S&P downgraded Russia’s credit rating to ‘CC’ from ‘CCC-‘ on Thursday, citing the country’s inability to satisfy debt payments due on its dollar-denominated 2023 and 2043 Eurobonds.
According to the ratings agency, Russia’s payment problems come from international sanctions imposed in response to Moscow’s invasion of Ukraine. The restrictions have diminished the country’s foreign exchange reserves and limited its access to the international financial system.
“Although official statements from the Russian Ministry of Finance indicate that the government is still attempting to transmit the payment to bondholders,” the agency added, “we believe that debt service payments on Russia’s Eurobonds due in the coming weeks may suffer similar technical challenges.”
Peer organisations Concerns about Russia’s capacity to meet its obligations were also raised by Fitch and Moody’s. Its debt obligations when cutting the country’s rating by several notches earlier in March.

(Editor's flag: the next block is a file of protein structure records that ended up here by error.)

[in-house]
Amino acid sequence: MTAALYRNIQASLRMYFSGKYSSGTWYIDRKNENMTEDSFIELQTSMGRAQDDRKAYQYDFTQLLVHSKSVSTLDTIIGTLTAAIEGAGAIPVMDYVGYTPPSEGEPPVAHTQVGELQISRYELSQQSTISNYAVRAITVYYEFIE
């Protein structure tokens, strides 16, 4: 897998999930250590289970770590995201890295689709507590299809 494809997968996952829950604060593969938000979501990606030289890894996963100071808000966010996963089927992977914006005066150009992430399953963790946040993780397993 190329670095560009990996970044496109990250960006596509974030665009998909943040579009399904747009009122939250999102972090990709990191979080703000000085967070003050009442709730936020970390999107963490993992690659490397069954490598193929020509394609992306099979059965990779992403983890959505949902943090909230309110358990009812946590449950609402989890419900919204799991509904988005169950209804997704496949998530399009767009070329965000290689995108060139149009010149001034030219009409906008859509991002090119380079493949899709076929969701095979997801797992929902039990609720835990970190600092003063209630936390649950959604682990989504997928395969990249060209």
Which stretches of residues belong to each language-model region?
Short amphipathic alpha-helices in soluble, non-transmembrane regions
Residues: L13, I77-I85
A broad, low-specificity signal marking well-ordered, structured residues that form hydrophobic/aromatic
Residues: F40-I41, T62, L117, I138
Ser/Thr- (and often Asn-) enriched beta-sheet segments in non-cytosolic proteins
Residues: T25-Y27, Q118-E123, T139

Fitch stated on Tuesday that if the coupon payments are not made in US dollars by the end of a 30-day grace period, Russia’s ratings will be further reduced to “restricted default.”
According to Refinitiv data, Russian bonds are lingering around profoundly distressed levels in extremely illiquid trading, with most issues trading less than a handful of times each day.
An exception that presently allows U.S. citizens or residents to receive Russian debt and equity payments will expire on May 25, adding to Moscow’s debt woes.
Russia is set to pay approximately $2 billion more on its external sovereign bonds after the sanctions exemption deadline and until the end of the year.
Two market sources told Reuters on Thursday that some creditors have received payment in dollars for Russian bond coupons that were due this week. According to the report, several other creditors have not yet received their payments but are hopeful that they will soon.